Butterflies should have a place in every garden. They are colorful, not unlike flowers that have lost their anchoring roots, flitting from plant to plant. And they are quiet, meaning they don’t disturb sleep like some early-morning wild things do.

During a presentation at the Maine Flower Show in March, Andy Brand, hired earlier this year as plant curator at Coastal Maine Botanical Gardens, offered tips on how to attract butterflies to a garden.

He emphasized that you have to do more than provide a home for the eye-catching butterflies. You also have to provide habitat for the earlier stage – caterpillars, which are often beautiful in their own right.

I’ll get to the plants needed to attract butterflies in a moment, but at least one of the non-plant items surprised me. Butterflies have to do something called puddling, which, as the name implies, means spending time in puddles, preferably puddles that have damp sand.

“Butterflies get nutrition, salts and other things out of damp sand that they need for reproduction and to be healthy,” Brand said.

Now, thanks to Brand, I don’t feel so bad that puddles form in our driveway, which is made of used bricks with a bit of sand between them. Maybe I’ll move some of that driveway sand to just inside of our bird bath in the backyard, as well. Plus, Brand gave me yet another reason to hate asphalt driveways.

In addition to damp sand, butterflies need a source of water. They need spaces for shelter, to protect them from the wind. And they need plenty of sunshine, so they can bask in the warmth.

Now, to the plants.

If this sounds familiar to regular readers, forgive me, but given the perilous state of many butterfly species, it’s worth repeating.

To attract butterflies, a garden needs plant diversity – many different kinds of plants, and mostly natives. Native butterflies and native plants evolved together, and they naturally help each other. The plants provide food to the butterflies; the butterflies pollinate the plants.

You need many different plants in part because Maine is home to many different butterflies – 118 different species, Brand said, of which 20 are in varying levels of danger. Although those 118 species will often eat and otherwise use the same plants, they are on different schedules, so you need plants that provide food – pollen, nectar and sap – throughout the season.

Brand gave the mourning cloak butterfly as one example. It’s a dark butterfly native to the United States and Canada that overwinters as an adult, nestled in tree bark and log piles. Like many other creatures, it’s hungry when spring finally arrives, so it gorges on sap from broken maple branches. It likes pussy willow pollen, too.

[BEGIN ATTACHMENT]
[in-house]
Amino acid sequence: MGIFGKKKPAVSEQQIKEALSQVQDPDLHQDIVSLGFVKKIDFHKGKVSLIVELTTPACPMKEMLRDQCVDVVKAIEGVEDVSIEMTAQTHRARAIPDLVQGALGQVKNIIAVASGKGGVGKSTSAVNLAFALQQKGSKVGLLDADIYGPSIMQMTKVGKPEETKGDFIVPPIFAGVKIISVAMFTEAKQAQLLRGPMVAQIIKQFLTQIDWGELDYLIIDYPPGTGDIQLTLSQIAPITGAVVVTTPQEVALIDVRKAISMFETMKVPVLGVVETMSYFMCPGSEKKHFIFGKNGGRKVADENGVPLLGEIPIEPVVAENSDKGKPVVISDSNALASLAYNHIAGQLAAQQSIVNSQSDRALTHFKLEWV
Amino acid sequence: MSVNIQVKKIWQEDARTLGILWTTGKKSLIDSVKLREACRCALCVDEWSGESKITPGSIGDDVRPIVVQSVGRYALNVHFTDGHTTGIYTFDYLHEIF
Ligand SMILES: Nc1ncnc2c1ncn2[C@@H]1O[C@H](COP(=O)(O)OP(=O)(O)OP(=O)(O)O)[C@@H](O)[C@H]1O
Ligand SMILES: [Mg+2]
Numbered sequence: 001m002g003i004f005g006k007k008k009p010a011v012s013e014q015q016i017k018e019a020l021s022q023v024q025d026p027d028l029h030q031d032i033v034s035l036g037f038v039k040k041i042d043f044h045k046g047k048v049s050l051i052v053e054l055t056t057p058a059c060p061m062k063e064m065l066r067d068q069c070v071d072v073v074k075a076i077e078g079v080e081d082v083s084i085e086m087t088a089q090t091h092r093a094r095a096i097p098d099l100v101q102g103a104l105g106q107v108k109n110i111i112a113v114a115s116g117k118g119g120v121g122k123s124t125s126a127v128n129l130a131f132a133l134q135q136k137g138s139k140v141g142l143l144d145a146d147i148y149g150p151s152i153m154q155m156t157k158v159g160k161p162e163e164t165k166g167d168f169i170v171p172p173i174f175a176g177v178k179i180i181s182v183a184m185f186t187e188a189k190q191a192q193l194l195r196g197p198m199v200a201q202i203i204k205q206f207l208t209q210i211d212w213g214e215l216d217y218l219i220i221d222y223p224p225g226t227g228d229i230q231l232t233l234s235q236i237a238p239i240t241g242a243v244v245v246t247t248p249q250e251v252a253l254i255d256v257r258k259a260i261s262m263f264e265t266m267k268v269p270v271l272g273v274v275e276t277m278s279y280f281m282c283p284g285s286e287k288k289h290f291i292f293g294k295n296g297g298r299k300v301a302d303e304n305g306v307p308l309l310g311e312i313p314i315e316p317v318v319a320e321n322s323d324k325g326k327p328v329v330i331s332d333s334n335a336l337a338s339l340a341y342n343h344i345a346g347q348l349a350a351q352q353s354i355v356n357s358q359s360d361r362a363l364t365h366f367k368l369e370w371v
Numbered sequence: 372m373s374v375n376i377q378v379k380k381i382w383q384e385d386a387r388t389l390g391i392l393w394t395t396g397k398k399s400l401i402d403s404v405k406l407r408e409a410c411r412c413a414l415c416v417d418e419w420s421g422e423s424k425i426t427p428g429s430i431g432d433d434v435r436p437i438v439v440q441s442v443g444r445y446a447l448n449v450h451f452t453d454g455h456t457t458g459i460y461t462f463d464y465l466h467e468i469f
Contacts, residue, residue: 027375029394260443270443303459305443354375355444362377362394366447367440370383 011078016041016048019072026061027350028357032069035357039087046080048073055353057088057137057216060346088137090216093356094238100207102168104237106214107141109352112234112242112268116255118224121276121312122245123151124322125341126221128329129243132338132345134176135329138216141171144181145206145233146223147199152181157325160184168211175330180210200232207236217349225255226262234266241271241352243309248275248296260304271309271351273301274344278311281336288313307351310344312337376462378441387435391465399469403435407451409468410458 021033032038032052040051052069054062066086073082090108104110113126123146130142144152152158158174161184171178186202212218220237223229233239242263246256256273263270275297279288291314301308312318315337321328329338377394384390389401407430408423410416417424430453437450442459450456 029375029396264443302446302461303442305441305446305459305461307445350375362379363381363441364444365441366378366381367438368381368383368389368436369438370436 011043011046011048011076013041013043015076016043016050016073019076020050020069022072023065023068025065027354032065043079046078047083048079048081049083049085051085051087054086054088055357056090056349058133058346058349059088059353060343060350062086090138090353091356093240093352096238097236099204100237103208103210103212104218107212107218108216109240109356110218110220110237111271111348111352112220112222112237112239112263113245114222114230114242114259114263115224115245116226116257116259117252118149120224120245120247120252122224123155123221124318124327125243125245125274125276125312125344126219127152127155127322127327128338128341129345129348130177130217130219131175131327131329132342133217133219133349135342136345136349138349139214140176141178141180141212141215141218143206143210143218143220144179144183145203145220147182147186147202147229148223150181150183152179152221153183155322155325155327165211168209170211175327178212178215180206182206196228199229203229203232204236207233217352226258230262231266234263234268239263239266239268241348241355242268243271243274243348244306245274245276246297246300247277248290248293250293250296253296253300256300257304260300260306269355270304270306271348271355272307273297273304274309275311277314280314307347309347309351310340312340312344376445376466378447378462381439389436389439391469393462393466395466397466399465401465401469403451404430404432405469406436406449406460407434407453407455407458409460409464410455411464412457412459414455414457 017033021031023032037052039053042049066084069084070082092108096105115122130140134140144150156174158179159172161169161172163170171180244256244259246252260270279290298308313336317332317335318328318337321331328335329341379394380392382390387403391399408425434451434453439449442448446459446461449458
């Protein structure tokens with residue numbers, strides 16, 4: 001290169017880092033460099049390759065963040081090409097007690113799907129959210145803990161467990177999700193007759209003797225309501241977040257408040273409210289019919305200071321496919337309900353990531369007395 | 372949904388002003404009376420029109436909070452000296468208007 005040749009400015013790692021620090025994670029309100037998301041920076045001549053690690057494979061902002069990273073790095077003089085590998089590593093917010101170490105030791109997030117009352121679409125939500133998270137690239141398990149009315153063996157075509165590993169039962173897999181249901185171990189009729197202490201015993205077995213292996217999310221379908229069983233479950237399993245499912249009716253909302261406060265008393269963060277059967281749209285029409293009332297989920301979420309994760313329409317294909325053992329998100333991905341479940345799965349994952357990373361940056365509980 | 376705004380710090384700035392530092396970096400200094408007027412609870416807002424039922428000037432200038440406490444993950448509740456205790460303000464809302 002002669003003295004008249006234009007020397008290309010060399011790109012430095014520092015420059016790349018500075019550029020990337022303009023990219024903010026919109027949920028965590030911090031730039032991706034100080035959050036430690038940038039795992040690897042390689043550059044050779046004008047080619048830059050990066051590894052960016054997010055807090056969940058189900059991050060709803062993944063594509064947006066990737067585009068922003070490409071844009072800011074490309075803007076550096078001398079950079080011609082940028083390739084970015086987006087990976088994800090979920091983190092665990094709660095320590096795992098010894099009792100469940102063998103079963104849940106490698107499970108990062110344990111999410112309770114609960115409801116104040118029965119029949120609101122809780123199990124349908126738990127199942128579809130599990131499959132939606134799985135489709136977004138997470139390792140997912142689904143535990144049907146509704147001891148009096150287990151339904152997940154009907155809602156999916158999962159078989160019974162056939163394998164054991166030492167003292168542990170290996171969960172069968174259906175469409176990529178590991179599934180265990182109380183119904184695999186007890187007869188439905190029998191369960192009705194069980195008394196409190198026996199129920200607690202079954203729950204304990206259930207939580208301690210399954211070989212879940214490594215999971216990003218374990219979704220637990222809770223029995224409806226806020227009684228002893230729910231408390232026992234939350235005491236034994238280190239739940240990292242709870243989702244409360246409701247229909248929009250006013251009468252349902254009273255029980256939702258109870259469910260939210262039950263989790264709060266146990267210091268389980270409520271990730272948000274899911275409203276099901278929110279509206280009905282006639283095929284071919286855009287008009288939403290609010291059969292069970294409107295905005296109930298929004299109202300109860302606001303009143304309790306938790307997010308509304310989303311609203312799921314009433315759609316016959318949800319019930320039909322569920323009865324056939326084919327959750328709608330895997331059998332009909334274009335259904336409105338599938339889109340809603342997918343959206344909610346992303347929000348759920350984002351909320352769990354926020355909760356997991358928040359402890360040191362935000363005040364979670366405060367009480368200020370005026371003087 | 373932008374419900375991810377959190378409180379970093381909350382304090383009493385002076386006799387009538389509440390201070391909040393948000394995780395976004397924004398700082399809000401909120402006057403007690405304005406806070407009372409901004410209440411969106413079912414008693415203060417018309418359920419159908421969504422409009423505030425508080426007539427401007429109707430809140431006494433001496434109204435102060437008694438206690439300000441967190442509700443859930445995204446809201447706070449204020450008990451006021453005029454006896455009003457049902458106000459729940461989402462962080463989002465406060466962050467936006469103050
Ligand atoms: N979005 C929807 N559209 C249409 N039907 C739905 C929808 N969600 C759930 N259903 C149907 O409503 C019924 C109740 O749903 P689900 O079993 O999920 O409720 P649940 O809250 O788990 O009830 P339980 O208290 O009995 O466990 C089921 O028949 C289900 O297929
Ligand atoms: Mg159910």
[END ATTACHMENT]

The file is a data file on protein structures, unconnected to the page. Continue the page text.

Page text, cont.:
Highbush blueberries are an important source of nectar for butterflies that emerge early – so I’m glad that I planted 13 of them over the past two years. Clover allowed to grow and blossom in a meadow (or in your lawn, for that matter; ordinary lawns are a poor source of habitat because they are usually monocultures) is an excellent source of nectar throughout the summer for many different butterflies.

The relationship of monarch butterflies and milkweed is well known, and the population of monarchs is shrinking. (Their numbers have declined more than 80 percent over the past two decades, according to the Arizona-based nonprofit the Center for Biological Diversity.) But other butterflies also feed on the three varieties of asclepias that feed monarchs, Brand said.

While common milkweed, Asclepias syriaca, will spread, it can be controlled. Swamp milkweed, asclepias incarnata, does well in wet soil, but also will survive in a typical Maine garden. Asclepias tuberosa also thrives in Maine gardens. Brand showed a photo of a coral hairstreak butterfly on Asclepias tuberosa – both blossom and butterfly were the same arresting orange color.

Late-season butterflies need late-blooming flowers. On a sunny day in the botanical gardens, Anise hyssop, or Agastache foeniculum, will be carpeted with butterflies, Brand said. Although anise is a short-lived perennial, it will self-seed and has lasted well in our Cape Elizabeth garden for many years.

Other late-blooming plants that butterflies love include goldenrod, Joe Pye weed and asters.

Part of the reason I enjoyed Brand’s talk is that we seem to have a lot in common. He said he has a lot of violets in his lawn, as do I. The fritillary butterfly lays its eggs on violets and depends on them for food. Brand mows his lawn high so as not to damage the violets.

Finally, an excuse to mow the lawn as infrequently as possible.

ABOUT THE WRITER

TOM ATWELL is a freelance writer gardening in Cape Elizabeth. He can be contacted at: [email protected]

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